Power Hungry President Zeman if Re-Elected Would Expand Presidential PowersČTK
Prague, Nov 18 (CTK) – Most Czech presidential candidates consider the current powers of head of state sufficient, unlike President Milos Zeman, and they would not change the constitution over them, they said in a CTK poll released today.
However, some of them said they would welcome partial changes in the president’s powers, for instance, would give him the right to propose laws and would abolish the power to halt criminal prosecution.
CTK asked the candidates whether they consider the current presidential powers sufficient or they would strengthen them in relation to the direct election.
Zeman, who will seek re-election in January, did not answer the questions.
Physician Marek Hilser said the president’s powers as defined in the constitution were sufficient. Their strengthening in the system of a parliamentary republic would cause tension and unbalance, he added.
“A president who commands a natural authority can positively influence the situation in the country even without his powers being strengthened,” Hilser said.
Former Science Academy chairman Jiri Drahos and Skoda Auto former board chairman Vratislav Kulhanek, candidate of the Civic Democratic Alliance (ODA), are not considering strengthening the president’s powers either.
The Czech constitutional system is well-balanced and it must only be respected, Drahos said.
Former ambassador to France Pavel Fischer said a change in the president’s powers would require an amendment to the constitution, and that he would not considerably interfere in its text. “Let us rather change a political style,” he said.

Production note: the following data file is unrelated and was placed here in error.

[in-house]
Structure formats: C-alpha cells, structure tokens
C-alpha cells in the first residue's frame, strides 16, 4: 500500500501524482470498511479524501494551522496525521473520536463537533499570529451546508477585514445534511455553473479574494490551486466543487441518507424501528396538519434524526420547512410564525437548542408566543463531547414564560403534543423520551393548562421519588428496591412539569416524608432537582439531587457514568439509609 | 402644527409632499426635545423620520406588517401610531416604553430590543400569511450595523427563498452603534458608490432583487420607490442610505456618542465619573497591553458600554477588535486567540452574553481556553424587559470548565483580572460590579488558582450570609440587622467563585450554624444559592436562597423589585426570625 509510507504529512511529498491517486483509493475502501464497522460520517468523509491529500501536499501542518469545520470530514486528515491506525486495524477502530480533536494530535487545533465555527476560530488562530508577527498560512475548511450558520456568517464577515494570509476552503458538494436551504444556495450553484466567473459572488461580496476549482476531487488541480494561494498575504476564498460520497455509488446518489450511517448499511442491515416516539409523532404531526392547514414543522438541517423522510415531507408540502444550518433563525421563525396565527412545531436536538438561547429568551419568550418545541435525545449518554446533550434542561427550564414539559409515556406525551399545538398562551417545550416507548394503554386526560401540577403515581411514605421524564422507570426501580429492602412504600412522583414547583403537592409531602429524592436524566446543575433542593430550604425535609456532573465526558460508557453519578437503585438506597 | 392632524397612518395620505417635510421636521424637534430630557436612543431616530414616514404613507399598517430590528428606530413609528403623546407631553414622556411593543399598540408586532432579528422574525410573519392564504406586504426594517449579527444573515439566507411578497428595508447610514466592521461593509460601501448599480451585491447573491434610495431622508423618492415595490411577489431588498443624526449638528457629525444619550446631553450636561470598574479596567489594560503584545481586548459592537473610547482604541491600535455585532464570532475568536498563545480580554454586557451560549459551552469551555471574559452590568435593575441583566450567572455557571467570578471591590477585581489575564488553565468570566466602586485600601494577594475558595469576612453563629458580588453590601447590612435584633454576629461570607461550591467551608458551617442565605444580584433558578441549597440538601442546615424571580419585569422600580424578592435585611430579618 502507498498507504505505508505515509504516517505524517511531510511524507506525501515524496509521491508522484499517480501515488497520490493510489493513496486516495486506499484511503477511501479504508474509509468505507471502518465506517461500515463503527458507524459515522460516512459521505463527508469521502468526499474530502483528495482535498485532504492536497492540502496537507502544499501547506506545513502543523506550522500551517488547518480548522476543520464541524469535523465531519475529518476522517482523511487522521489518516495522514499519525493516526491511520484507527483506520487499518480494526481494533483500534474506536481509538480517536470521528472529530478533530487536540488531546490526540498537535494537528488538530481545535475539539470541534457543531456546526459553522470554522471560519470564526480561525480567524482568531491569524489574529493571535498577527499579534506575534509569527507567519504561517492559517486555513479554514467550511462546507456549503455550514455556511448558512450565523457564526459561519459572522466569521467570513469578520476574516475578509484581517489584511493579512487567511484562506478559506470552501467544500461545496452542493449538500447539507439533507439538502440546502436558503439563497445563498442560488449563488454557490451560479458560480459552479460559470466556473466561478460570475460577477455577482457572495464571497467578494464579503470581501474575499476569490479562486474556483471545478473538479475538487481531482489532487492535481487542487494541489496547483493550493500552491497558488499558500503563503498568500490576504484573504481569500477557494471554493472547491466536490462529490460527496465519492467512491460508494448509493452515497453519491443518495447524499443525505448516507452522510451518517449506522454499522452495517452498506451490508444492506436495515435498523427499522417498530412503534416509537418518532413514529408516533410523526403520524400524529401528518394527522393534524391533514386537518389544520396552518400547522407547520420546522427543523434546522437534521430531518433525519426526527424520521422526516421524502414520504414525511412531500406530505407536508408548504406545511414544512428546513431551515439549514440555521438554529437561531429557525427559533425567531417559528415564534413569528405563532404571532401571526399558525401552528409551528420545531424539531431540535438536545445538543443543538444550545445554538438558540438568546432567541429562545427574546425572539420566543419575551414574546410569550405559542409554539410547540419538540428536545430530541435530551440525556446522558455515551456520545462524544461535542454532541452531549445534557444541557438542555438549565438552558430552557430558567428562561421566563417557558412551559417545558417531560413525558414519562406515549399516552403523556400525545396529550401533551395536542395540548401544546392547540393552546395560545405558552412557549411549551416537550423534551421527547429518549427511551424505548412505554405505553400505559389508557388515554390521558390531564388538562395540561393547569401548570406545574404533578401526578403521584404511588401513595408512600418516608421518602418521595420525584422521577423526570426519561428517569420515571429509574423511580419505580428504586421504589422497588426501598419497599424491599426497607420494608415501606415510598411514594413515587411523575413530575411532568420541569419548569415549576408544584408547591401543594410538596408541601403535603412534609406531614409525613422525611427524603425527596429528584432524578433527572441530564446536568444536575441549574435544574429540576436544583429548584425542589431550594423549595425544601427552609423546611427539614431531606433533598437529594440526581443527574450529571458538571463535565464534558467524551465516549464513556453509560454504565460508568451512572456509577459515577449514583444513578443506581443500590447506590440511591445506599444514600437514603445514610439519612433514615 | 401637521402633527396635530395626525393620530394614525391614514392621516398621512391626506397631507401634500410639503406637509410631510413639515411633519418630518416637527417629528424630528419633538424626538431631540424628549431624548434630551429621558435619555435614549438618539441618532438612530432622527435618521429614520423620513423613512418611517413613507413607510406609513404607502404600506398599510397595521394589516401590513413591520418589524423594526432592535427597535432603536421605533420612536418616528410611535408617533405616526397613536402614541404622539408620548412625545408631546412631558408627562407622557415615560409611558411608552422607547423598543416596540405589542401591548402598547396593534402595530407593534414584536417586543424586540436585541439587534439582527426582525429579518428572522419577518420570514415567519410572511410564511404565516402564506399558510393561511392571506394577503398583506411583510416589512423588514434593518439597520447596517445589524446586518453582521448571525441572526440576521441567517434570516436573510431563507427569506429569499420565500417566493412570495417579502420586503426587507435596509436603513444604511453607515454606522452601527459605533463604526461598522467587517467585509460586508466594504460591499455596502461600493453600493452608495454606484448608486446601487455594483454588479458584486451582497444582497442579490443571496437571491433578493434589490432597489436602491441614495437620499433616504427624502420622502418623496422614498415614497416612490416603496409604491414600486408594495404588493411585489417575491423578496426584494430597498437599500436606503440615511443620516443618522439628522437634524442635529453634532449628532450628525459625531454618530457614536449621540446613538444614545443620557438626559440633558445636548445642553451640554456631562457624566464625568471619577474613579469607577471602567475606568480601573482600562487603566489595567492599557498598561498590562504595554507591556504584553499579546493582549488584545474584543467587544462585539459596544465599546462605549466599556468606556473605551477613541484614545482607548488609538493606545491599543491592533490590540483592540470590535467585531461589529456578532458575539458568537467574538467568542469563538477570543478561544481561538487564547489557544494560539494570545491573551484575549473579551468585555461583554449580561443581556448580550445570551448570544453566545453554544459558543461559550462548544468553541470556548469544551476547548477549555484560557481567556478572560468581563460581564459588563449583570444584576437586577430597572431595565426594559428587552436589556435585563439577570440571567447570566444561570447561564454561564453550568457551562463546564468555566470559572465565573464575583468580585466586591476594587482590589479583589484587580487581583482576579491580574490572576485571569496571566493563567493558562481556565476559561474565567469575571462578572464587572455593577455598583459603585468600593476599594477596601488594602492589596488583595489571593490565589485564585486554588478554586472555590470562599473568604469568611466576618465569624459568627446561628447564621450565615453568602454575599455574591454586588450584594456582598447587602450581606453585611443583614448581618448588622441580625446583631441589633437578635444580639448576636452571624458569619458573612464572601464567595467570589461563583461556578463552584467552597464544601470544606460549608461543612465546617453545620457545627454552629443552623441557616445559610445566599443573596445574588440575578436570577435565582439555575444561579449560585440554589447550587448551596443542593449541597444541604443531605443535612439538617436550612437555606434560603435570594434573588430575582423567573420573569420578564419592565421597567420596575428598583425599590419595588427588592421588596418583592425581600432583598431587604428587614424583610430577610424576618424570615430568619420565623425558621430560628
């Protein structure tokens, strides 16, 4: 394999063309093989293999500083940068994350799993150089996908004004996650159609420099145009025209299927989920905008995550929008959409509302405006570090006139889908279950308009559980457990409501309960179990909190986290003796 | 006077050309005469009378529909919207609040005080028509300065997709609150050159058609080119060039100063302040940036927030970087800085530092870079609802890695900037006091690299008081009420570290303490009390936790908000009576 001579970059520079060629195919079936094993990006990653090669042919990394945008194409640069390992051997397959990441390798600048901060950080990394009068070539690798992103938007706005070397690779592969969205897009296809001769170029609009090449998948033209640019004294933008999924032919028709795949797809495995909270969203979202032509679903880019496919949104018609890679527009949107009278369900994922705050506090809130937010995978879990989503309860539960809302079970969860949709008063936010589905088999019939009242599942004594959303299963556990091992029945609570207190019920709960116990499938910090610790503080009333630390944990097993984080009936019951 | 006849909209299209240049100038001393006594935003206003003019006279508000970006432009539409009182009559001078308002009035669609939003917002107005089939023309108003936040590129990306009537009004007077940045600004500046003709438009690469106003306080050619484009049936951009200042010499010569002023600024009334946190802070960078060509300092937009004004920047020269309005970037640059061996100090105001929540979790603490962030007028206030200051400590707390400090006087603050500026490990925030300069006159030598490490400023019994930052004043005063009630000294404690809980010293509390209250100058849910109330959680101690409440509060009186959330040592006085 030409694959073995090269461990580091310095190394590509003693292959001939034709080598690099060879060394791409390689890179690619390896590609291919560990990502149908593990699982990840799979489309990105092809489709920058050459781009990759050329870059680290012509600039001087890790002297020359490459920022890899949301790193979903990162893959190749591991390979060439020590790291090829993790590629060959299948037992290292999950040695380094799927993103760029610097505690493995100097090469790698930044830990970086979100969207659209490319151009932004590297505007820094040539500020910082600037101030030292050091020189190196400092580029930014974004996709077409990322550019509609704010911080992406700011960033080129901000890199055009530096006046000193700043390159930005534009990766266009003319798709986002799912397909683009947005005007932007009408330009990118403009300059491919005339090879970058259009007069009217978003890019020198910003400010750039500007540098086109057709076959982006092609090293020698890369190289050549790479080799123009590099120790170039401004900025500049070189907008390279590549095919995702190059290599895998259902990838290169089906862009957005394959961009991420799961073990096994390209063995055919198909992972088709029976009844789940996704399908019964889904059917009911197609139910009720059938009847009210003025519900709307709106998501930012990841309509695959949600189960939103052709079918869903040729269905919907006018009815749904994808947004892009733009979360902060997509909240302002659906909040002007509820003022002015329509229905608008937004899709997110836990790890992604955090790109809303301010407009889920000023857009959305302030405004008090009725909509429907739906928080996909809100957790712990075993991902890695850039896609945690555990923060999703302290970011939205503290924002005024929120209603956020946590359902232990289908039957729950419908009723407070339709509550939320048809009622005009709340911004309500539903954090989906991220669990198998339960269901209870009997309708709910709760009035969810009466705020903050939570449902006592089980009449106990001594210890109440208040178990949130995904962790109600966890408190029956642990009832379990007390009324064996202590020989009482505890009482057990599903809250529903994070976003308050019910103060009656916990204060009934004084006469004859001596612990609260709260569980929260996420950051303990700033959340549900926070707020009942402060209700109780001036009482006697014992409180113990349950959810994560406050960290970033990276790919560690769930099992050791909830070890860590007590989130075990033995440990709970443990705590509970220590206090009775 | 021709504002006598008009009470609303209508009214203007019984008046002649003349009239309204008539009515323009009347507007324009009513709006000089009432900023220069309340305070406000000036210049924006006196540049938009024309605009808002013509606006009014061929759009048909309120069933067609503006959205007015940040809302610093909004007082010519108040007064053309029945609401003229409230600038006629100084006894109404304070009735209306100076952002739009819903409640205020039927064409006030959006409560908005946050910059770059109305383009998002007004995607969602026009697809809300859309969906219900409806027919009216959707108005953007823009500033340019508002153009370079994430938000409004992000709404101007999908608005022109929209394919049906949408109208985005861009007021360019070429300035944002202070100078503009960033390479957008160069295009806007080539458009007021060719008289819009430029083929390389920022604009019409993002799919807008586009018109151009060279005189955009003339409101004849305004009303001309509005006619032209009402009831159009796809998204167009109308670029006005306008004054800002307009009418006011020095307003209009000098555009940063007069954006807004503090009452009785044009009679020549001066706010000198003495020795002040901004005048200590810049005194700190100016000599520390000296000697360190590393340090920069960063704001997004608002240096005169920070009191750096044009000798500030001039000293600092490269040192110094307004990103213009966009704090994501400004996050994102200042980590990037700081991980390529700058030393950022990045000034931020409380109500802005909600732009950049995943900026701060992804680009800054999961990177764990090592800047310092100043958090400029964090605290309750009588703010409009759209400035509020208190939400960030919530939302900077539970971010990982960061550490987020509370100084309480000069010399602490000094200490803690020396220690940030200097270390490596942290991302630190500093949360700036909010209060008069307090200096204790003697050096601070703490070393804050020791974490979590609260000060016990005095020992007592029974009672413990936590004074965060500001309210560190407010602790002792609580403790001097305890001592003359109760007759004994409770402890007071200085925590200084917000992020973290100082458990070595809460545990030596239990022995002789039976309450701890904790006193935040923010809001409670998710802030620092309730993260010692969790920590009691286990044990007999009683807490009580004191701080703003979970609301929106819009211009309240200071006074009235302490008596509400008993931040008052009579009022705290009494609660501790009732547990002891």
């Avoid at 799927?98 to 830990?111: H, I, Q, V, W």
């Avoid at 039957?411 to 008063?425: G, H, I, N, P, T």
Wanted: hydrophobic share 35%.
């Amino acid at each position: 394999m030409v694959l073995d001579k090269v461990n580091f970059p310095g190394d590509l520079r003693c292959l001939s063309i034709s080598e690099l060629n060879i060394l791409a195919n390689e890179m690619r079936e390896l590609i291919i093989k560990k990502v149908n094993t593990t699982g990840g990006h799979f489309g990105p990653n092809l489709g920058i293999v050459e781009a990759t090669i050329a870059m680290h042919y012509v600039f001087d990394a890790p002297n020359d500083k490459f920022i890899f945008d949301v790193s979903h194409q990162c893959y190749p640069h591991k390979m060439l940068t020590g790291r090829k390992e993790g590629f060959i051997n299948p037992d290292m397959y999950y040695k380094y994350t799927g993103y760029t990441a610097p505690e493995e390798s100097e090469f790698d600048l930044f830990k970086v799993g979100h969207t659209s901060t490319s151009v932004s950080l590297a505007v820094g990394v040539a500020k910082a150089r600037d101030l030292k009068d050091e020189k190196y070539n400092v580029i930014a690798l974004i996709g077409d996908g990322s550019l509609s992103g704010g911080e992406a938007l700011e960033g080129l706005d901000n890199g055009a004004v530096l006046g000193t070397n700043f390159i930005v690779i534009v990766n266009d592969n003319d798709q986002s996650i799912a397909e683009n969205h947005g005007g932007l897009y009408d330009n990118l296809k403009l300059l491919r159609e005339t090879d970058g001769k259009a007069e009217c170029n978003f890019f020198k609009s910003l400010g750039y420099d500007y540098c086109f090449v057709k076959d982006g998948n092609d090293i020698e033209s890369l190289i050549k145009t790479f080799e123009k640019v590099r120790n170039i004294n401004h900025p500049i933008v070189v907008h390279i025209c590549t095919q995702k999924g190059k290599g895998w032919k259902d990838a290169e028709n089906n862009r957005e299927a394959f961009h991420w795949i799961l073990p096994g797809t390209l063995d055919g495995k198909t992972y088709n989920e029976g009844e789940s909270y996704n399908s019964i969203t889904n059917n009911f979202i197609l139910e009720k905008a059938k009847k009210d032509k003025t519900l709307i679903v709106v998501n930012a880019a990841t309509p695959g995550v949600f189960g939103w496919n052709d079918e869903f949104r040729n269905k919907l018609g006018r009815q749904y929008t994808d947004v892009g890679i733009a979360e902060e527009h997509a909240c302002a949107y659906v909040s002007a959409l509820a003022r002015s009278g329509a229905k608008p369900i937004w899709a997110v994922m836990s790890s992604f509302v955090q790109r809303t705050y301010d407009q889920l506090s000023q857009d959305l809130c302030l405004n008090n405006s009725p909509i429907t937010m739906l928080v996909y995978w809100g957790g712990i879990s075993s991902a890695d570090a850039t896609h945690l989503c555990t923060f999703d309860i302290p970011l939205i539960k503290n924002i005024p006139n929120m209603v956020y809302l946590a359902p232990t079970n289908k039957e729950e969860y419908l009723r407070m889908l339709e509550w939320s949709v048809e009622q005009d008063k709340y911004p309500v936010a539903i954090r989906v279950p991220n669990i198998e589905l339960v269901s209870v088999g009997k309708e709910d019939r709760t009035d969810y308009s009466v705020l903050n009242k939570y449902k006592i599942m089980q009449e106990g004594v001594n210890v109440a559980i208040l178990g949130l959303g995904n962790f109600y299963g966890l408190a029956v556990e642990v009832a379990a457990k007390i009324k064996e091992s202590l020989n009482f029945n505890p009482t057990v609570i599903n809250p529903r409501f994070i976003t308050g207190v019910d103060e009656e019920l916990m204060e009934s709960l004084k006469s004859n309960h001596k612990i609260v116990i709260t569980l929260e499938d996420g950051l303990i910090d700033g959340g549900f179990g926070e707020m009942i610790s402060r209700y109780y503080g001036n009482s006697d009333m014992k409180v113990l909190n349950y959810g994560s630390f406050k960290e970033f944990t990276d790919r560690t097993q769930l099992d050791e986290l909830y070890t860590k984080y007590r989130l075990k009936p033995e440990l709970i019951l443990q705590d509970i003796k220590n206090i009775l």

Defence and Security Industry Association President Jiri Hynek, running for the Realists marginal party, said he would not extend the powers of head of state either. On the contrary, he said he would abolish the power to pardon a person who is prosecuted before a court verdict is issued.
Entrepreneur and lyricist Michal Horacek also considers the current powers of the president sufficient. However, he minds the president’s irrevocability, caused by the direct election. “I am for citizens to be able to dismiss the president in a referendum, like in the neighbouring Slovakia and Austria,” he said.
Former PM Mirek Topolanek would not like to amend the constitution due to the president’s powers either. The constitution gives the president quite a big space to act within the framework of the constitution, good morals and habits and enables him to react to developments flexibly, he said.
“The president is basically to see to the constitutional character of the whole process, to protect democracy, freedom and human rights, represents the country and not to be a disgrace,” Topolanek added.
The Reasonable party head Petr Hannig said he would only add to the presidential powers the possibility to propose bills and changes to the constitution that would be submitted to parliament for a regular approval procedure.
Zeman expressed a similar view in the past.
He said in early October that he would like to extend the powers of a directly elected head of state to be able to propose bills and not to need co-signing of the PM on some decisions, such as the presentation of state decorations.